Friday night, the United States and the world lost the last newsman of his kind as the legendary Walter Cronkite went off to the glory and signed off the last time.
Now, I grew up with Uncle Walter, as he was known to millions of Americans. I was still in high school when he signed off for the last time in 1981 with the signature "And that's the way it is." and with that came the end of an era.
While I will agree that Uncle Walter did put a stain on his credibility when he decided to inform Americans that the war in Vietnam was lost, Uncle Walter made a seamless transition from writing reporter to broadcast reporter to television anchorman.
Having a voice of authority helped bring credibility to the news business when he became the lead anchor of the CBS Evening News in 1962. He replaced a legend in his own right, Douglas Edwards. But, it was with Uncle Walter that the CBS Evening News went from a 15 minute broadcast to a half-hour broadcast.
But, what also happened and is still the case today is that the three network cartel, ABC, CBS and NBC believe that all the news is in a cocoon in Manhattan and all three seem to have the same stories with the same wording, just different people.
When Uncle Walter was forced to give up his anchor role in 1981, the news business was changing and the crack came from the upstart Cable News Network, CNN. Within a decade and a half, there would be the Fox News Channel, the internet and something called blogging.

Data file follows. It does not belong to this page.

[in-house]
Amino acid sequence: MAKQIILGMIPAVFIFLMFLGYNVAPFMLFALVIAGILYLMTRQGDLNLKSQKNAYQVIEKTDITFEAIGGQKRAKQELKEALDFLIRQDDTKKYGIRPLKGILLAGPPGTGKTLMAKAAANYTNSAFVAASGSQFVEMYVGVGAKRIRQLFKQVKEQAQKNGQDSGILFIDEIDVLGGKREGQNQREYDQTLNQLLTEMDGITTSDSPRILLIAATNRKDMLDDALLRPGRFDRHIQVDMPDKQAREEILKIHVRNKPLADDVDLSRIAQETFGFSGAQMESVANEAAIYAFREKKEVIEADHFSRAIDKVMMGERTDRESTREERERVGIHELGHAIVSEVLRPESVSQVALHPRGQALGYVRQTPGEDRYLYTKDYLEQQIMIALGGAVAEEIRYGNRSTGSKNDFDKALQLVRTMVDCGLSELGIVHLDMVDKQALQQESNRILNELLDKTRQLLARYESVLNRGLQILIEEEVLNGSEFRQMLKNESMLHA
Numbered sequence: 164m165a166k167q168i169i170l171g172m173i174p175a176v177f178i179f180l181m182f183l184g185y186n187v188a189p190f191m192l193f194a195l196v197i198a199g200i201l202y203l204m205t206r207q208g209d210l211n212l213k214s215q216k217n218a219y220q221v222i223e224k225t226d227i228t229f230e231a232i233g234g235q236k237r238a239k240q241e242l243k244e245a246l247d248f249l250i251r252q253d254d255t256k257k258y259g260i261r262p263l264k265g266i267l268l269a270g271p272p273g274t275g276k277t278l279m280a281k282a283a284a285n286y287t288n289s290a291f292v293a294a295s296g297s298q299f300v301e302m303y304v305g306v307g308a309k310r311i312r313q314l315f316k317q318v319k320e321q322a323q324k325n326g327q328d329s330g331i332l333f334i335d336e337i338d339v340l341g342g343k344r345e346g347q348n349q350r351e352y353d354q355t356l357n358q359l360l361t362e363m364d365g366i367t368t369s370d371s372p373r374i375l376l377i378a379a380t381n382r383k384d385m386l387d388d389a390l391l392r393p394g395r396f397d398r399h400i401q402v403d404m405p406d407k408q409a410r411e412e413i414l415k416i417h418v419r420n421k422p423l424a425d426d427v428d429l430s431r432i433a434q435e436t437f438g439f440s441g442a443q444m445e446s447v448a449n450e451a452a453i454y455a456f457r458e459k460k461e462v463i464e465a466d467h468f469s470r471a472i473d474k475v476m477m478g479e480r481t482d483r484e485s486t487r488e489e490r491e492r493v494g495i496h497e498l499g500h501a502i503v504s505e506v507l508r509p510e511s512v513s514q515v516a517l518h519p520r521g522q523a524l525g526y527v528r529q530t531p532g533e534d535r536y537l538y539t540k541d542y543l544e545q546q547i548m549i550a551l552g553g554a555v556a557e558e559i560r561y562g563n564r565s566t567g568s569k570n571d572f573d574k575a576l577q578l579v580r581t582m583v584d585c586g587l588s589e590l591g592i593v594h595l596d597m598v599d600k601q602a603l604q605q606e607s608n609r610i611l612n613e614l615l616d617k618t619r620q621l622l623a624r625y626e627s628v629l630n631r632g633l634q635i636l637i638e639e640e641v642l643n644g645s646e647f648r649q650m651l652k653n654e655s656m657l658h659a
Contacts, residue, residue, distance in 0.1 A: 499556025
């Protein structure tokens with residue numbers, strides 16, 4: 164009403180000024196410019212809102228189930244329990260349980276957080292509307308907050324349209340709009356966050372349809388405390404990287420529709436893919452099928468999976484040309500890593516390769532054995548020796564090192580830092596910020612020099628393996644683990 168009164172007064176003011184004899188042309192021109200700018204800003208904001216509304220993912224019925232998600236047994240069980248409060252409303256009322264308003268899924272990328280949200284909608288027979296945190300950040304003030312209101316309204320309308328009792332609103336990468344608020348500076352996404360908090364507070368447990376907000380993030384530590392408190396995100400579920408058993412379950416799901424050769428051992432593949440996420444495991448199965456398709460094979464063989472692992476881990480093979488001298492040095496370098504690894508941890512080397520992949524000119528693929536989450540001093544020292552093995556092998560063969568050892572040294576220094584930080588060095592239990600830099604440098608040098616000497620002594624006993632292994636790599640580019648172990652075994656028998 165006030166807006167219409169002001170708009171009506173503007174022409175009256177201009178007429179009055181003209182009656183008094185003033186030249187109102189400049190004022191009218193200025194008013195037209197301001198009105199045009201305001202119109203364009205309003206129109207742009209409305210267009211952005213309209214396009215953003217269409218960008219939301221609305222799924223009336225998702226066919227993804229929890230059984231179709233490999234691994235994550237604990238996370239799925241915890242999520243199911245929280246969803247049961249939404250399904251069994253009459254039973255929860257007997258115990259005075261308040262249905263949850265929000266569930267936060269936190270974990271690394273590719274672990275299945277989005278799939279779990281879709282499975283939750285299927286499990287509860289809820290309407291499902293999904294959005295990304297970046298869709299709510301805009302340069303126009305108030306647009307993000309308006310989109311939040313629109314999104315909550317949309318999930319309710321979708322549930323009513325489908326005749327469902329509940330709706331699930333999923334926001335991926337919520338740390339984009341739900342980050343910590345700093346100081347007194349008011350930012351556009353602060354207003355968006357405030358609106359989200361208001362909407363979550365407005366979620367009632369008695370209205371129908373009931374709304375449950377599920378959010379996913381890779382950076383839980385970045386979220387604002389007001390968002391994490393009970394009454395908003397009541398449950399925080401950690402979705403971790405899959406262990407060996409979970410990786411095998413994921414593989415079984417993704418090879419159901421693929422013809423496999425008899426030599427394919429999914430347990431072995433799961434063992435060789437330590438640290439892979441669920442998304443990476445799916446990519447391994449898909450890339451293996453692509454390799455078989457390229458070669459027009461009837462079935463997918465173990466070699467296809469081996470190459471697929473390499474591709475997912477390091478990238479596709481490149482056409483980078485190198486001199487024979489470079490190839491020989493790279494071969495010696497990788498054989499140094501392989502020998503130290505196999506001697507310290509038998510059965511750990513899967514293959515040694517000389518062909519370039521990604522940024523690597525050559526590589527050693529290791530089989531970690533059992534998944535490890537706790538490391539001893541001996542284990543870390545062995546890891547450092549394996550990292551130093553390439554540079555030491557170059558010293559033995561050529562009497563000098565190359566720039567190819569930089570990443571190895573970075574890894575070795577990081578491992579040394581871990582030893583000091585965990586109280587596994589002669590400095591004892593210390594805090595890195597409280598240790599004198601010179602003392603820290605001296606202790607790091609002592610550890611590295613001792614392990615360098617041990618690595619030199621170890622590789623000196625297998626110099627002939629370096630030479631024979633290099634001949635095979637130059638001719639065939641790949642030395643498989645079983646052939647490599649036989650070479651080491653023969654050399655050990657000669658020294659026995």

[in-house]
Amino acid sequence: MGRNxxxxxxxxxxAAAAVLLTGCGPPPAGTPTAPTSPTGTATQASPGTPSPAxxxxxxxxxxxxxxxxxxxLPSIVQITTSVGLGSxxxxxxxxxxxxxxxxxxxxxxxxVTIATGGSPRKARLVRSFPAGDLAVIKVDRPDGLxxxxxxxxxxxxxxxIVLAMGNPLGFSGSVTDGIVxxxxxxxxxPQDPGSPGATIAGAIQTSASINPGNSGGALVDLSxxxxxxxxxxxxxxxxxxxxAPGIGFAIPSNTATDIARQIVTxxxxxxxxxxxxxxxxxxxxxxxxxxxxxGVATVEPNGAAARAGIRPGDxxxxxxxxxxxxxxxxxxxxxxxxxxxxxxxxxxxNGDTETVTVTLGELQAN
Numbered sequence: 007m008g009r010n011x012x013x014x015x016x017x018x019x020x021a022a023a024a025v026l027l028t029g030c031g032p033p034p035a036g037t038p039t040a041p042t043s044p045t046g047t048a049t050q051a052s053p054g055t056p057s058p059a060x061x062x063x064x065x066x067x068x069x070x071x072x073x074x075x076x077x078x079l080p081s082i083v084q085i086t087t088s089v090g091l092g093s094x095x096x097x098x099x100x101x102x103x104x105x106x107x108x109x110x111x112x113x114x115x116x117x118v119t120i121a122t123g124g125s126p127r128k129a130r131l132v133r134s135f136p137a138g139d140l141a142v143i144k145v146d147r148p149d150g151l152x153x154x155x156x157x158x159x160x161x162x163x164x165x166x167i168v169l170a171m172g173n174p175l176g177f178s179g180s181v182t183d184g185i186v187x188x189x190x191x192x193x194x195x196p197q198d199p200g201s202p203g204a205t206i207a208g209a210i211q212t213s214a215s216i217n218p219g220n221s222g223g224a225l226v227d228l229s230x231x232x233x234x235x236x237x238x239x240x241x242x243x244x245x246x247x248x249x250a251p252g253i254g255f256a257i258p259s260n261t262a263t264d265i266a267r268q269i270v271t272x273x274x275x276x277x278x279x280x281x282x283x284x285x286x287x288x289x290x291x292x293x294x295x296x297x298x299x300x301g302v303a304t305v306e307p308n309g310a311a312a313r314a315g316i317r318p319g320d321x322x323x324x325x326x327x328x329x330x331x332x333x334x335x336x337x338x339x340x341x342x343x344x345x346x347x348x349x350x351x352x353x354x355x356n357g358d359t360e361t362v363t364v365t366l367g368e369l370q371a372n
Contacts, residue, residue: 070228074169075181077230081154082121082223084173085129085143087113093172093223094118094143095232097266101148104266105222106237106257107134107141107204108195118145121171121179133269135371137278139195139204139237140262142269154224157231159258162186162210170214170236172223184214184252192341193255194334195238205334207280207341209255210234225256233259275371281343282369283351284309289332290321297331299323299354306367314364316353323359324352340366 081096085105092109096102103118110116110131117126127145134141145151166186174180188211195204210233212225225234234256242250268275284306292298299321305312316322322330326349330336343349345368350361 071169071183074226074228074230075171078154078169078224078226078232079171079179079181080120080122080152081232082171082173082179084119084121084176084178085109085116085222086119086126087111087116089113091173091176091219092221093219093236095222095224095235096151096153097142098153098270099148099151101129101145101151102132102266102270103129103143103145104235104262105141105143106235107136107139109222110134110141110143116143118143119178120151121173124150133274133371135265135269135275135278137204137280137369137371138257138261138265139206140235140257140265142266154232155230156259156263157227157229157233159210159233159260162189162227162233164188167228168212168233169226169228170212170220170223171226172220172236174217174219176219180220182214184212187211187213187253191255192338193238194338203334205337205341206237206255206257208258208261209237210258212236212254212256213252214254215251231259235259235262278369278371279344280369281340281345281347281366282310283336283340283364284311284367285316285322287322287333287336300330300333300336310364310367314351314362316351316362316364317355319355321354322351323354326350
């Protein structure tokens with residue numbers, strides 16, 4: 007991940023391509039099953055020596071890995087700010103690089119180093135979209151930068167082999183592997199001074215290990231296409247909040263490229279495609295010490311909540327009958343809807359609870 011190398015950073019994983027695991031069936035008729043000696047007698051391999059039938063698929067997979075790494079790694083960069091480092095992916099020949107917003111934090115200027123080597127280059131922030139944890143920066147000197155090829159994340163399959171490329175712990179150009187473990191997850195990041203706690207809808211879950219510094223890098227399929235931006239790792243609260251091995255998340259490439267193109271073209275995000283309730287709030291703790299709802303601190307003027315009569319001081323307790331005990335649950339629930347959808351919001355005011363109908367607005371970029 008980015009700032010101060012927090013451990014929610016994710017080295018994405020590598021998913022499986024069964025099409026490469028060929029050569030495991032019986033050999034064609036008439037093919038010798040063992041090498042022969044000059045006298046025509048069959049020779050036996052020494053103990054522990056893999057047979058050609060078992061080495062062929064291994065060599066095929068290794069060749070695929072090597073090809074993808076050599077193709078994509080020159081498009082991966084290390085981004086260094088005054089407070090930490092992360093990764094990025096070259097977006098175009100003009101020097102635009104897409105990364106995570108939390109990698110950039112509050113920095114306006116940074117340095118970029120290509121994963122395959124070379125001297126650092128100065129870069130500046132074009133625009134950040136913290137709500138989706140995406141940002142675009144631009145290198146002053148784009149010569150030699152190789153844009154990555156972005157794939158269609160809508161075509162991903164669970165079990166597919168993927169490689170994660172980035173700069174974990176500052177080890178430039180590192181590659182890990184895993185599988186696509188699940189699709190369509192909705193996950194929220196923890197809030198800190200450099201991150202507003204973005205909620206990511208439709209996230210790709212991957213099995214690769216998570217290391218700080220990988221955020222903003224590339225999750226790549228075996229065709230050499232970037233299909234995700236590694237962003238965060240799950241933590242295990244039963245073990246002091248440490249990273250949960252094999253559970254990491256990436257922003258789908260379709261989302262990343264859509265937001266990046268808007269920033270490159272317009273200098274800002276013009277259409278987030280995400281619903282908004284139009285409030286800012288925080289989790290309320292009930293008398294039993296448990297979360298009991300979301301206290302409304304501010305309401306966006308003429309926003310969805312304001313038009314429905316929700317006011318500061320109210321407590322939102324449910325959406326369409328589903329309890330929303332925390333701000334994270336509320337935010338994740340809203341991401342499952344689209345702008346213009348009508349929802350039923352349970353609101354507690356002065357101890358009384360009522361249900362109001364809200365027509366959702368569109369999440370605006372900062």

The news was not hermetically sealed and released by men like Uncle Walter, David Brinkley, Chet Huntley or Howard K. Smith. There are now many sources of news and information. And those big three networks continue to not have a clue as to why they are going down in viewership.
One problem is that when one watches CNN or FNC, it is live. There is no tape-delay of the main news programs. Yet, the big three still depend on some authoritative voice to deliver three-hour old news to people on the West coast. We do not need to wait. We can go to CNN, FNC, MSNBC, or Headline News. And that, along with the media bias all three big networks have shown blatantly in recent years is what has made people look to other forms of news and information.
Which makes Uncle Walter the end of the era of that authoritative voice that could be trusted no matter what. Even when he all but sealed defeat in Southeast Asia and the Communist takeover of Cambodia, Laos and Vietnam.
I think that the news business on television really took a nosedive when Uncle Walter left the anchor desk. Now, there is maybe about 10 minutes of "news" and a lot of fluff. Something that Uncle Walter and those of his era would not have put up with.
Goodbye Walter Cronkite. And that's the way it is.